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Outgoing US ambassador: America is 'not an ethno-state'

2/25/2017, 2:39 p.m.
An outgoing career ambassador urged his colleagues on Friday to defend the rules-based world order in which the US supports ...
The U.S. Capitol building in Washington D.C. Bob Kovach/CNN

— An outgoing career ambassador urged his colleagues on Friday to defend the rules-based world order in which the US supports a Europe "whole, free and at peace," a thinly veiled critique of the Trump administration, which has questioned the importance of the transatlantic alliance.

Ambassador Daniel Fried, the outgoing coordinator for sanctions policy, did not mention President Donald Trump or speak directly to his policies, but the State Department officials present understood his meaning when he said "we are not an ethno-state, with identity rooted in shared blood."

"The option of a white man's republic ended at Appomattox," he said in a farewell address at the State Department, referencing the 1865 battle that led to the surrender of the Confederate army and ended the Civil war.

Hundreds of foreign and civil service officers and current and former White House and Treasury officials gathered Tuesday to bid farewell to Fried, whose Foreign Service career spanned 40 years and seven presidencies.

His comments came amid widespread concerns about Trump's policy toward Russia and what many see as contradictory messages from Washington regarding the future relationship between the US and Europe, including whether America will support the continuation of the European Union.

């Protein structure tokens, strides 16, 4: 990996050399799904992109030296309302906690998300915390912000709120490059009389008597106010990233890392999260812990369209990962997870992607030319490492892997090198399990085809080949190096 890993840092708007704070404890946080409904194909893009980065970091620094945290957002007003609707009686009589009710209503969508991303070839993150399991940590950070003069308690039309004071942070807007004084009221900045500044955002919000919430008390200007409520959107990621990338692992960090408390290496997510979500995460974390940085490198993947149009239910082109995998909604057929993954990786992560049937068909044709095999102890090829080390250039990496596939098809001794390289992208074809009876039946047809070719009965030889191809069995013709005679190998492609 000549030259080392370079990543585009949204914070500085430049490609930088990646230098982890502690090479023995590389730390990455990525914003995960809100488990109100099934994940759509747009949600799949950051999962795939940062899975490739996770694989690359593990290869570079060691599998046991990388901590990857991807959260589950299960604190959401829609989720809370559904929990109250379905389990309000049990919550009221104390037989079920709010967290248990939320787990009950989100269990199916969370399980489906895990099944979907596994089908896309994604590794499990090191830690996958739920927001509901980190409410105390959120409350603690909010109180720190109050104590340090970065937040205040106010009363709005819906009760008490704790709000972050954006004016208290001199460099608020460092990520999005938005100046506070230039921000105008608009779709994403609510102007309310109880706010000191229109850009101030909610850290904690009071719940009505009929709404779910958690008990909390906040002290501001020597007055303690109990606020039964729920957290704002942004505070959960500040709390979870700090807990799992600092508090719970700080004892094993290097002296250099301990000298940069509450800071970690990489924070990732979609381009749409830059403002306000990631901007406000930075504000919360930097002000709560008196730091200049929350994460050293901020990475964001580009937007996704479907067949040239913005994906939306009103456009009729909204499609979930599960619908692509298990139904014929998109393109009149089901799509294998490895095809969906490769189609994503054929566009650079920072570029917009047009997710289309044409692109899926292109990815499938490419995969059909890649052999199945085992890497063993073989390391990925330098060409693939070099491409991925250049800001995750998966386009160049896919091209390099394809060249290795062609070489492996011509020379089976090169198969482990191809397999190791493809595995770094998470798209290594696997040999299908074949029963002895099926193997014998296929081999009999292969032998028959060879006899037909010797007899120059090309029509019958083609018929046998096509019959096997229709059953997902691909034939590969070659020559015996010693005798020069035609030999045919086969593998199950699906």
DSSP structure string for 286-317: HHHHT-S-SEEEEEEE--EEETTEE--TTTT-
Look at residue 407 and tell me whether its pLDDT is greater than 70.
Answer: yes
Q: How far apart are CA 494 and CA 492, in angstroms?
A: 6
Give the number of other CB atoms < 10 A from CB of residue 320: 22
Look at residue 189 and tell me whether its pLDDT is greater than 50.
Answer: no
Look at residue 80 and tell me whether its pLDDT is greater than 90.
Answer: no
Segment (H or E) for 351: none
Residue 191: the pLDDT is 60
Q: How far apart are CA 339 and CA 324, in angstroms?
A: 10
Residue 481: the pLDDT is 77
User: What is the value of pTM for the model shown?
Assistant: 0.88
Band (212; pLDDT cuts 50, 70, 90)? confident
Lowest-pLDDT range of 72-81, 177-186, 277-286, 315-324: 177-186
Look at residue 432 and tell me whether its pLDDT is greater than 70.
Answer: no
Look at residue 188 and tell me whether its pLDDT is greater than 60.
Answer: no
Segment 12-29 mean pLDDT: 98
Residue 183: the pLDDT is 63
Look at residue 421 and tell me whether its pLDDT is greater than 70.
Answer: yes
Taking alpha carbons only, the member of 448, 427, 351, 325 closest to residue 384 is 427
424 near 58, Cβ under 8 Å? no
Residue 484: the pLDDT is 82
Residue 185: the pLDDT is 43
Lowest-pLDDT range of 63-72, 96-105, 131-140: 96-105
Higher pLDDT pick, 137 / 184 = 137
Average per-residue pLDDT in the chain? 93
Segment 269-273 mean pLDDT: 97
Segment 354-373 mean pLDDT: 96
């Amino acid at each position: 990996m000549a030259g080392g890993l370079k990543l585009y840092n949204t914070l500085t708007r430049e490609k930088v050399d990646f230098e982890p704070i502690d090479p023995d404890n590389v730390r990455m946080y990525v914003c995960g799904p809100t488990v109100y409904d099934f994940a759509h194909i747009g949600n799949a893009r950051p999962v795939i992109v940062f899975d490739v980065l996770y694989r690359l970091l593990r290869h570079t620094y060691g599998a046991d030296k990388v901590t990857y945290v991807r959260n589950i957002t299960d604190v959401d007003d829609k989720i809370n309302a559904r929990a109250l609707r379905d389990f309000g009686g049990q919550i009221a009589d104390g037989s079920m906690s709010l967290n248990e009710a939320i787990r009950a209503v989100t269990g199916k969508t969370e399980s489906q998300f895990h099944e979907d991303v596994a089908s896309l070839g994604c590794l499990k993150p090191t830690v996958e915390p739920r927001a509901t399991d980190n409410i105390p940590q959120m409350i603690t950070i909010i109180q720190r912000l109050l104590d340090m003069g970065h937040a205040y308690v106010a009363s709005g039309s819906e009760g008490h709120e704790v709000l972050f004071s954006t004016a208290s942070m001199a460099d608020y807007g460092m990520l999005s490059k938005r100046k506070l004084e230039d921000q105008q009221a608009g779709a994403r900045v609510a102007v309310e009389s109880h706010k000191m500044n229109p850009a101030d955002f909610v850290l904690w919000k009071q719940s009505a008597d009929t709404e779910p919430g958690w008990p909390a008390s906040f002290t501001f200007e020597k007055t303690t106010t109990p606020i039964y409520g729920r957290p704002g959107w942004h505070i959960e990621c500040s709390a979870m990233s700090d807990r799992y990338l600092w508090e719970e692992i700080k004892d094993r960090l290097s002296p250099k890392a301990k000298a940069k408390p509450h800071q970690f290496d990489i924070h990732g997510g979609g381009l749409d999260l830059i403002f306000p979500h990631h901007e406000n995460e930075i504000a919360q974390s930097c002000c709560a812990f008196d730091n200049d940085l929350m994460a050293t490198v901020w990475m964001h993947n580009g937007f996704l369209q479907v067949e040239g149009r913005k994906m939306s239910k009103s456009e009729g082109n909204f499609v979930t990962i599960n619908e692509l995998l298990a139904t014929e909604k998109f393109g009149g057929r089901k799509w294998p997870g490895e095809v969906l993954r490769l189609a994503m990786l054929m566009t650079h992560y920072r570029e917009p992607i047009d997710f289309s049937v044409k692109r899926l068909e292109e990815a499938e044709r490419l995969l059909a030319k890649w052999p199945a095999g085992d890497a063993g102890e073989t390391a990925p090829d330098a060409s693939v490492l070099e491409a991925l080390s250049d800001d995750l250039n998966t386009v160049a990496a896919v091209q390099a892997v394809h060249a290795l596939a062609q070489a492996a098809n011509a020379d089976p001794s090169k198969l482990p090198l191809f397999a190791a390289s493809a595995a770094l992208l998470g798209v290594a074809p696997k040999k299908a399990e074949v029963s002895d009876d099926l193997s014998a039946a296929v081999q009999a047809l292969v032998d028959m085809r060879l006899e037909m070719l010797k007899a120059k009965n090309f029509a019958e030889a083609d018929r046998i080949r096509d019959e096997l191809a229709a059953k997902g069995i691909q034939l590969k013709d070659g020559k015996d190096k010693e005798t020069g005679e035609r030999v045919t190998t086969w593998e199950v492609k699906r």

"Nothing can be taken for granted, and this great achievement is now under assault by Russia," Fried said, referring to the freedom and security of Europe. "It is for the present generation to defend and, when the time comes again, extend freedom in Europe."

Acting Deputy Secretary of State Tom Shannon called Fried a "national treasure" for his work to help advance freedom and security in Central and Eastern Europe throughout the Cold War and after the fall of the Soviet Union. He served as US ambassador to Poland and director for European affairs at the National Security Council before becoming the assistant secretary for Europe at the State Department.

In recent years Fried took on some of the most thankless tasks of US diplomacy -- lobbying countries to take in Guantanamo detainees who were released from captivity and coordinating sanctions policy against North Korea over its nuclear program and against Russia over its actions in Ukraine.

Fried's departure leaves another hole in the State Department's senior ranks, with most career ambassadors having already being asked to leave or choosing to retire rather than work for the Trump administration.